Back in the 1970s futurists predicted that subliminal advertising and “sleep learning” would revolutionize American society. Our TV shows and movies would hypnotize us into drinking only Coke … right NOW! And when we wanted to learn French, or Physics, we wouldn’t need a college, just some handy tapes by the bedside that would tutor us while we snored. Funny thing, predicting the future: you always miss something basic. Walter Cronkite’s TV show about the world in the year 2000 foresaw self-driving cars (a little early as it turns out), but completely missed the Information Age, cell phones, and social media. Most viewers watching the original Star Trek believed the transporters and the phasers, but thought the handheld communicators were implausible.
So it’s hardly surprising that many of the prognostications about the future of higher education in America over the next couple of decades have been anything but self-fulfilling prophecies. To a large extent, most of the predictions made over the past two decades have been wrong, which you’d think would impose a degree of humility on those peering into their crystal balls, but that hasn’t been the case. The same people convinced in the 1990s that “distance education” (online learning) would spell the death of brick-and-mortar universities within twenty years are now convinced that online learning will kill off brick-and-mortar universities … within the next twenty years.
They’re making just as much money selling this idea to revenue-seeking universities now as they were then … and they’re still wrong. More importantly, they don’t even know why they’re wrong, because their vision of the future of higher education is fatally flawed by what they don’t understand about its present.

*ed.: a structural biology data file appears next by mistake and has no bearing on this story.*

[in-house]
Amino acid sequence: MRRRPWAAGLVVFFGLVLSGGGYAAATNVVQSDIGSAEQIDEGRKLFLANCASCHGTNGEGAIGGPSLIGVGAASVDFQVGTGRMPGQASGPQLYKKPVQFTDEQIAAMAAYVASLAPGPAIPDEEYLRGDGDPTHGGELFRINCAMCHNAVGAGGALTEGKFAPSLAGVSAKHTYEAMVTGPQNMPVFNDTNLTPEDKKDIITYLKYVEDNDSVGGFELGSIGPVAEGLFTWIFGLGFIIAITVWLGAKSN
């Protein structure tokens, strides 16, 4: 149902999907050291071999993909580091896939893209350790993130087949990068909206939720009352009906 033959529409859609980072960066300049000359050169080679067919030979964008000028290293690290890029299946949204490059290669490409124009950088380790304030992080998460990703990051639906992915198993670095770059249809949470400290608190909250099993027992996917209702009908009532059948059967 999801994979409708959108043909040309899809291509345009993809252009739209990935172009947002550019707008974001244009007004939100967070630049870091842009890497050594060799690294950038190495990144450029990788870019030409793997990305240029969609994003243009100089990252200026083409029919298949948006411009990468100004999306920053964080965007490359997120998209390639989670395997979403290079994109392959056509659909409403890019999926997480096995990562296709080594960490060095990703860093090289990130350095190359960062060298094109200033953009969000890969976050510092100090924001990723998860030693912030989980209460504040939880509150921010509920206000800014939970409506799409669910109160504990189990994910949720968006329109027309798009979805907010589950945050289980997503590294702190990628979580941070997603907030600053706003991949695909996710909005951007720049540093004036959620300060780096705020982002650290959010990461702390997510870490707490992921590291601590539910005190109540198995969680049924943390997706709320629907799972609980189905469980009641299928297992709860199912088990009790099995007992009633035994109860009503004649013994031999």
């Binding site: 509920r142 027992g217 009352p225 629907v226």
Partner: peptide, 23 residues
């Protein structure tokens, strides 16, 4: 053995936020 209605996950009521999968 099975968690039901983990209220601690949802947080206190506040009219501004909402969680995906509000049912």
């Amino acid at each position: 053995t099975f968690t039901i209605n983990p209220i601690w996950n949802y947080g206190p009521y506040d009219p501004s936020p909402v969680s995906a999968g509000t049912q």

Here are four realities about the current state of higher education that the pundits don’t get, and the consultants can’t afford to admit:
Reality #1: Online learning is not going to take over Higher Education.
I know, I know … University of Phoenix. MOOCs. Khan Academy. To listen to university Boards of Trustees or worried academic administrators, online learning is either going to make what they do obsolete, or save them by exposing them to millions of twenty-somethings who are willing to send in their credit card numbers for the chance to learn Biology 101 while sitting at home in their jammies.
But the dirty secret of distance education is that the existing platforms don’t meet the needs of most learners and aren’t sufficiently flexible or immersive enough to deliver high quality content in most disciplines.
Have any form of learning disability, or just need a structured environment to force you to do your work? Distance learning won’t be real effective for you. (Hint: we just lost millions of students right there.)
Interested in any field that is remotely hands-on, like Animal Husbandry, or Nursing, or Music, or Engineering, or Exercise Therapy, or Forensic Biology, or Aviation Science? Distance learning won’t really prepare you for those fields. (There go another few million students.)
Need to connect with a real-life mentor who actually knows who you are, whose office you can visit when you’re really confused, or who can take one look at you in class and know you need to be pulled aside for the “What’s happening with you?” speech? Doesn’t happen in distance learning because two-dimensional people on screens don’t really connect that way. (Which explains why more people start online courses and don’t finish them than do so in real classrooms.)